Bela Lugosi Meets a Brooklyn Gorilla

From Wikipedia, the free encyclopedia
Jump to: navigation, search
Bela Lugosi Meets a Brooklyn Gorilla
Poster183.JPG
Theatrical release poster
Directed by William Beaudine
Produced by Maurice Duke
Written by Tim Ryan
Starring Bela Lugosi
Duke Mitchell
Sammy Petrillo
Music by Richard Hazard
Cinematography Charles Van Enger
Edited by Philip Cahn
Distributed by Realart Pictures Inc.
Release date(s)
Running time 74 min
Country United States
Language English
Budget $12,000[1]
Mitchell and Petrillo in Bela Lugosi Meets a Brooklyn Gorilla

Bela Lugosi Meets a Brooklyn Gorilla (also known as The Boys from Brooklyn) is a 1952 American comedy horror science fiction film directed by William Beaudine and starring horror veteran Bela Lugosi and nightclub comedians Duke Mitchell and Sammy Petrillo in roles approximating the then popular duo of Martin and Lewis.

Pre-production[edit]

Comedian Sammy Petrillo had established something of a career imitating comedian Jerry Lewis, whom he resembled closely. Petrillo and singer Duke Mitchell - who took on the Dean Martin role - played in various clubs in Las Vegas among other cities. Maurice Duke, who managed the duo, had pitched the idea of Petrillo and Mitchell starring in a movie to several studios. Duke eventually pitched the idea to Realart Pictures Inc. co-owner Jack Broder and his assistant, producer Herman Cohen. Duke then took Broder to see Petrillo and Duke perform in Culver City. While Broder thought the duo was hilarious, Herman Cohen (who saw the duo's act later) said he thought Petrillo and Mitchell "stunk".[2] Bela Lugosi Meets a Brooklyn Gorilla was to be the first in a series of films starring Mitchell and Petrillo, but this wound up as their only film together.[3]

According Herman Cohen, Jerry Lewis was furious when he heard that Sammy Petrillo and Duke Mitchell were to appear in a film. Lewis, who knew Jack Broder through the Friars Club of Beverly Hills, showed up at Jack Broder's office. The two got into a screaming match over the film and Lewis stormed out yelling obscenities.[4] Paramount Pictures producer Hal B. Wallis, who then had Martin and Lewis under contract and also knew Broder through the Friars Club, threatened to sue Broder for releasing a film that featured a duo that closely resembled Martin and Lewis.[5] Wallis and Broder later had a meeting after filming had completed and, according to Herman Cohen, Broder offered to sell Hal Wallis the negative to the film for a substantial amount of money. Wallis agreed to buy it so he could destroy it but Broder and Wallis could not agree on price. Broder released the film and Wallis never spoke to Broder again.[6]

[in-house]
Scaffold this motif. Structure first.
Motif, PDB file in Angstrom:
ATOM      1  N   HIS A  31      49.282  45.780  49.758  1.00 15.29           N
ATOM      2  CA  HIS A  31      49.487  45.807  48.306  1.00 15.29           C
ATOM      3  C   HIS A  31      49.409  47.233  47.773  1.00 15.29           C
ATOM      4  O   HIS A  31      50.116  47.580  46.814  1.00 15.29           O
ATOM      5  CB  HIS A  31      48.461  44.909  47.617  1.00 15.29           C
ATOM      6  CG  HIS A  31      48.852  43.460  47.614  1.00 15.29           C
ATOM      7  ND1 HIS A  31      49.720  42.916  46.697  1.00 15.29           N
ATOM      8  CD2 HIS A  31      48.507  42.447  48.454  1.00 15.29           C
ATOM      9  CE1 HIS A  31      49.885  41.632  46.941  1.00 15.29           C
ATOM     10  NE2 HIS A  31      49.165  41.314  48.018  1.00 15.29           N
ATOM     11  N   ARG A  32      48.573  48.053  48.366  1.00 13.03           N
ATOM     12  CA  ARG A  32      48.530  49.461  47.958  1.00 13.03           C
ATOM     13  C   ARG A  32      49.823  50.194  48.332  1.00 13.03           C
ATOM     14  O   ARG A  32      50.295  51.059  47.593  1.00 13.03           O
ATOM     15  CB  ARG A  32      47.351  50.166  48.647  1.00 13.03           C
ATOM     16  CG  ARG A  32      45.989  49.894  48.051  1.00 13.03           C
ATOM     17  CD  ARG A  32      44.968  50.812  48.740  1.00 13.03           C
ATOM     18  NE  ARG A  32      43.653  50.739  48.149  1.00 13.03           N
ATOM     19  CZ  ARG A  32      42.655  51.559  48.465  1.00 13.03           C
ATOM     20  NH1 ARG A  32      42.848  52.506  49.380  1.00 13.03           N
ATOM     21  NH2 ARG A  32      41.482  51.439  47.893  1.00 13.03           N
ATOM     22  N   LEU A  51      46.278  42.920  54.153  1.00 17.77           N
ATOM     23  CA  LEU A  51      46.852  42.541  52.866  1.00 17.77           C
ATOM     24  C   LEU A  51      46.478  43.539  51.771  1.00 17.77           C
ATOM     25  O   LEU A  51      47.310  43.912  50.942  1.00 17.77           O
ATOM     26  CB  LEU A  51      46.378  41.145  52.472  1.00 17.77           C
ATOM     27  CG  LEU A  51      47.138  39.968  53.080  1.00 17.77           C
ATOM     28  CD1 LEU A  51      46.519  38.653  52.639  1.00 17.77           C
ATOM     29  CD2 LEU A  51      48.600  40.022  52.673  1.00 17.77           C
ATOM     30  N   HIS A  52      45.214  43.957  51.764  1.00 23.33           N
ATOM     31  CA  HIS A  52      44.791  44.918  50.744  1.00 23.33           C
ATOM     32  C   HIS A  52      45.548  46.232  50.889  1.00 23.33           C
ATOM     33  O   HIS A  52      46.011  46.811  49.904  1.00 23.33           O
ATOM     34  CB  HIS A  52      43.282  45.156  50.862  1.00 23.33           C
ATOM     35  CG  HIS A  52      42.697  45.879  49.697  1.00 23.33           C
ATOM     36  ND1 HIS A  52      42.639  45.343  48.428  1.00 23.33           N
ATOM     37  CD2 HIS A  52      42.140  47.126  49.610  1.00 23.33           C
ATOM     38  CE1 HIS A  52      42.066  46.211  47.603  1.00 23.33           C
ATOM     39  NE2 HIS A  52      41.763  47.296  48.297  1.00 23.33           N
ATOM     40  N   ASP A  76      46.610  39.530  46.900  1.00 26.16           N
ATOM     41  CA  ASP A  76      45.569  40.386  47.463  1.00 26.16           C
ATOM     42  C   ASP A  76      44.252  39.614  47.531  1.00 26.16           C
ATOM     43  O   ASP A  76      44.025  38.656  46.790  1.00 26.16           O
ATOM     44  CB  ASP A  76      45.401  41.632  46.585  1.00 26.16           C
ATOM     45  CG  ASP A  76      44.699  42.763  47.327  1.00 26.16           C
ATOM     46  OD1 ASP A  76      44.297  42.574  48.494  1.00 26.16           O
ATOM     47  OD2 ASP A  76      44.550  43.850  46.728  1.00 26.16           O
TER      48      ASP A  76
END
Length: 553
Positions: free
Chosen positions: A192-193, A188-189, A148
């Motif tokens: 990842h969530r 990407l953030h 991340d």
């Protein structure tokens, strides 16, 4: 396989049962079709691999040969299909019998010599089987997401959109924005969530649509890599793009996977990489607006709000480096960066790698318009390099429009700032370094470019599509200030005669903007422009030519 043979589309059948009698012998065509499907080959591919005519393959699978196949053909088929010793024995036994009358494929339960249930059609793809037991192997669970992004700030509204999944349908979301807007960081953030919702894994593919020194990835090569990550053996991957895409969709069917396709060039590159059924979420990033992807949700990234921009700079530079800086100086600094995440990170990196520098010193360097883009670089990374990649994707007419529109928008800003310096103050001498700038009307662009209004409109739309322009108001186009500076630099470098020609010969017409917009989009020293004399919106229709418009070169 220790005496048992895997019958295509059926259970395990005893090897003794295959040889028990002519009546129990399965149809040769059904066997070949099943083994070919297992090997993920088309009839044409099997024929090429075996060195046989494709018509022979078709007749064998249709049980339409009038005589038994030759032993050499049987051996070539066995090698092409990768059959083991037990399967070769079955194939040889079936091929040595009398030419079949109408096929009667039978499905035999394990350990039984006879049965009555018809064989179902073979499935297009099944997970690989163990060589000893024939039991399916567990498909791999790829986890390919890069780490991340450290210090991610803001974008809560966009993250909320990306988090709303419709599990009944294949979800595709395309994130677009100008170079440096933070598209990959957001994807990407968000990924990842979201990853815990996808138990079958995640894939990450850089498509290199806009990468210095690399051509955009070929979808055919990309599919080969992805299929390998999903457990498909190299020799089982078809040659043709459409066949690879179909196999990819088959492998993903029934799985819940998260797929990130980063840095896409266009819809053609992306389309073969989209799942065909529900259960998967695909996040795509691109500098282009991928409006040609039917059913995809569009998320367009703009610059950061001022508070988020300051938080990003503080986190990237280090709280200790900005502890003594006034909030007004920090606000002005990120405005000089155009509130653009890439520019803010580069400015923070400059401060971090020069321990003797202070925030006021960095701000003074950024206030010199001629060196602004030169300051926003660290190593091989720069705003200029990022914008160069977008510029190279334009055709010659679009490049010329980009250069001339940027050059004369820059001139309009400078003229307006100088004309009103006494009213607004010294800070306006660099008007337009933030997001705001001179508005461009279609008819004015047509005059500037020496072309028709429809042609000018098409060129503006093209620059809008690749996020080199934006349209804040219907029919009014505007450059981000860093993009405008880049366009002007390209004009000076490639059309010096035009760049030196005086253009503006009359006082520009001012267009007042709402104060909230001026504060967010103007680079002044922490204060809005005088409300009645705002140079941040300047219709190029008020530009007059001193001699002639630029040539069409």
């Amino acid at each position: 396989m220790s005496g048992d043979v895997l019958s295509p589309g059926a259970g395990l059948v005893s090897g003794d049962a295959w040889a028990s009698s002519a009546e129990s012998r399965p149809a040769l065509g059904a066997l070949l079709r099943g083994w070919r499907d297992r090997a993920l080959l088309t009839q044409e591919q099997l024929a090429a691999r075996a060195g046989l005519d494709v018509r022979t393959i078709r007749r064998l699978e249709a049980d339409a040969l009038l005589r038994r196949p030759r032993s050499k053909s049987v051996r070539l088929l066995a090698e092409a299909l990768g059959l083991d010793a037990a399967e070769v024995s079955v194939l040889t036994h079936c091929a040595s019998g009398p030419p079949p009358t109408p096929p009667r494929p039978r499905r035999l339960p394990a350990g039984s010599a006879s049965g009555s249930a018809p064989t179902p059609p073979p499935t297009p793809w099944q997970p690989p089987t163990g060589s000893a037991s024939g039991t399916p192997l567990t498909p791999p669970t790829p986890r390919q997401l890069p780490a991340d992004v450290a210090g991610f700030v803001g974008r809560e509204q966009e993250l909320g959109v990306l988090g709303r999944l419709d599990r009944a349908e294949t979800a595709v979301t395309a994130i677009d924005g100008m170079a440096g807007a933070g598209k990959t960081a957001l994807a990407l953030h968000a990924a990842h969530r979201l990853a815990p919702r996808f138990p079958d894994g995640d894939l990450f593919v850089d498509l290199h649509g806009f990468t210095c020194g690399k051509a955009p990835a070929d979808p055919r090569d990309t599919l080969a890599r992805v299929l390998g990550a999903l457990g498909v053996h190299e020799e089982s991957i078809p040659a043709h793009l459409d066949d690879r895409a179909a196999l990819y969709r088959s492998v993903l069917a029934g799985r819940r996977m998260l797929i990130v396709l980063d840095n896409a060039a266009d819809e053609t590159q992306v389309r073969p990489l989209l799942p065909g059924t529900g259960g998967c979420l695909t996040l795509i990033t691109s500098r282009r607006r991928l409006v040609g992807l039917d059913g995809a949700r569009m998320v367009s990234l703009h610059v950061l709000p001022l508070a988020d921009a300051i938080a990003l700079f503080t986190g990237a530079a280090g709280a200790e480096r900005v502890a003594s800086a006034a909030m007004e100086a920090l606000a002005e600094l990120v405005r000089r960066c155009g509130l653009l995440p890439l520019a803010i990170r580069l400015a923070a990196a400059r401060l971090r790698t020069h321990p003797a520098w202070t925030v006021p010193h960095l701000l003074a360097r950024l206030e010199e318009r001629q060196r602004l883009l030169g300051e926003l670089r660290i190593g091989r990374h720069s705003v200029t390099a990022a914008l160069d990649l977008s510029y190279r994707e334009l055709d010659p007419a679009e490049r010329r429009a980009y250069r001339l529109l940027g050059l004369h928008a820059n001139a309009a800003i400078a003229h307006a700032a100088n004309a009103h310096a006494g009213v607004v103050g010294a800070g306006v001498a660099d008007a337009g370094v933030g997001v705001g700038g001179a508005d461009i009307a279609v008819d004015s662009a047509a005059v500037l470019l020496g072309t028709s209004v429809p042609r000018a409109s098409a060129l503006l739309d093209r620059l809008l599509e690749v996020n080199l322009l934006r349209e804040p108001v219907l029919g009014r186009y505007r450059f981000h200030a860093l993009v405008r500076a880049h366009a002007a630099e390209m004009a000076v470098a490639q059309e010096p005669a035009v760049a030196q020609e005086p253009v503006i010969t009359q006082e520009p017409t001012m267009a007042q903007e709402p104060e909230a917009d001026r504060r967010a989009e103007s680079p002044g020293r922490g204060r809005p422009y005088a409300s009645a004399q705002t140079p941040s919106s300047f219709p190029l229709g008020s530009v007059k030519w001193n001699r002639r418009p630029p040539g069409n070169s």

Bela Lugosi was cast because Realart Pictures Inc., the company that produced the film, had reissued many of Lugosi's Universal horror films from the 1920s and 1930s. By 1952, Lugosi's career had sharpy declined and he hadn't worked in years. The film's associate producer Herman Cohen later recalled that Lugosi was quite ill at the time due to his addiction to morphine but acted professionally and was nice.[7] The film was originally to be titled White Woman of the Lost Jungle. The Gorilla title was thought up by Jack Broder's ten year old son. Associate producer Herman Cohen decided it would be foolish not to exploit Bela Lugosi's appearance in the film and decide to retitle the film using Lugosi's name.[8]

Plot[edit]

On their way to perform in Guam for the troops, nightclub performers Duke Mitchell and Sammy Petrillo find themselves stranded on a seemingly treacherous island, known by the natives as "Kola Kola". The natives are quite friendly, especially Nona, the tribal chief's daughter, who tries to help the two get off the island. Though Paradise has been found, for the time being, the duo soon discovers that a mad scientist named Dr. Zabor (Bela Lugosi), lives on the other side of the island. Seeing a chance to get help, the two visit the strange doctor. Tension mounts as Duke falls in love with Nona. Seeing Duke as a threat, a jealous Dr. Zabor plans to literally make a monkey out of Duke, for he too loves Nona. Sammy tries to help his pal, with unexpected results.

Cast[edit]

Production notes[edit]

Bela Lugosi Meets a Brooklyn Gorilla was filmed over a six day period at the General Service Studios (now the Hollywood Center Studios) in Los Angeles.[10][1] The film's budget was $12,000.[1]

See also[edit]

References[edit]

  1. ^ a b c Frank, Alan G. (1982). The Horror Film Handbook. Barnes & Noble Books-Imports. p. 49. ISBN 0-389-20260-6. 
  2. ^ Weaver 2010 p.93
  3. ^ Weaver 2010 p.97
  4. ^ Weaver 2010 p.94
  5. ^ Rhodes, Gary Don (1997). Lugosi: His Life in Films, on Stage, and in the Hearts of Horror Lovers. McFarland. p. 141. ISBN 0-786-40257-1. 
  6. ^ Weaver 2010 pp.96-7
  7. ^ Weaver, Tom (2010). A Sci-Fi Swarm and Horror Horde: Interviews with 62 Filmmakers. McFarland. pp. 95–96. ISBN 0-786-45831-3. 
  8. ^ Tom Weaver, "Herrrman, I vant to talk vith yyyooouuu…!" hermancohen.com
  9. ^ a b Weaver 2010 p.96
  10. ^ Weaver, Tom (2003). Double Feature Creature Attack: A Monster Merger of Two More Volumes of Classic Interviews. McFarland. p. 49. ISBN 0-786-41366-2. 

External links[edit]